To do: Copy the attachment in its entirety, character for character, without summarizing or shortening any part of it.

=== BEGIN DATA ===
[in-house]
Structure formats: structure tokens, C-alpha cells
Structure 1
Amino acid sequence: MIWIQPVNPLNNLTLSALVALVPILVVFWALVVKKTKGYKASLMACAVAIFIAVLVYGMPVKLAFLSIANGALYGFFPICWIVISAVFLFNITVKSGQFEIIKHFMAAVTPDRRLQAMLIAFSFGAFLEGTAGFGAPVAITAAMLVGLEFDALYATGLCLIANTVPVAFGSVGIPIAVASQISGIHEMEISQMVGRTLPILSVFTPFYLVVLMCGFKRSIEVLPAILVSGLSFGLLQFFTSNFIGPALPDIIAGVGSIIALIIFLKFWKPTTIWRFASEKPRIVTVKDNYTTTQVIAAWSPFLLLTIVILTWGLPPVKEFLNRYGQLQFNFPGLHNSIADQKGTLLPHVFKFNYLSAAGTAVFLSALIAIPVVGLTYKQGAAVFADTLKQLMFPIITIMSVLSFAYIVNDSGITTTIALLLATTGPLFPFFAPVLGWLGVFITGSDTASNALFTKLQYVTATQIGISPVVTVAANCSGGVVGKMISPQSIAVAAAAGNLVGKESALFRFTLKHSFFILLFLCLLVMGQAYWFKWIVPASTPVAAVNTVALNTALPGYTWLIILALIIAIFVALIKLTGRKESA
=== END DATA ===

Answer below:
[in-house]
Structure formats: structure tokens, C-alpha cells
Structure 1
Amino acid sequence: MIWIQPVNPLNNLTLSALVALVPILVVFWALVVKKTKGYKASLMACAVAIFIAVLVYGMPVKLAFLSIANGALYGFFPICWIVISAVFLFNITVKSGQFEIIKHFMAAVTPDRRLQAMLIAFSFGAFLEGTAGFGAPVAITAAMLVGLEFDALYATGLCLIANTVPVAFGSVGIPIAVASQISGIHEMEISQMVGRTLPILSVFTPFYLVVLMCGFKRSIEVLPAILVSGLSFGLLQFFTSNFIGPALPDIIAGVGSIIALIIFLKFWKPTTIWRFASEKPRIVTVKDNYTTTQVIAAWSPFLLLTIVILTWGLPPVKEFLNRYGQLQFNFPGLHNSIADQKGTLLPHVFKFNYLSAAGTAVFLSALIAIPVVGLTYKQGAAVFADTLKQLMFPIITIMSVLSFAYIVNDSGITTTIALLLATTGPLFPFFAPVLGWLGVFITGSDTASNALFTKLQYVTATQIGISPVVTVAANCSGGVVGKMISPQSIAVAAAAGNLVGKESALFRFTLKHSFFILLFLCLLVMGQAYWFKWIVPASTPVAAVNTVALNTALPGYTWLIILALIIAIFVALIKLTGRKESA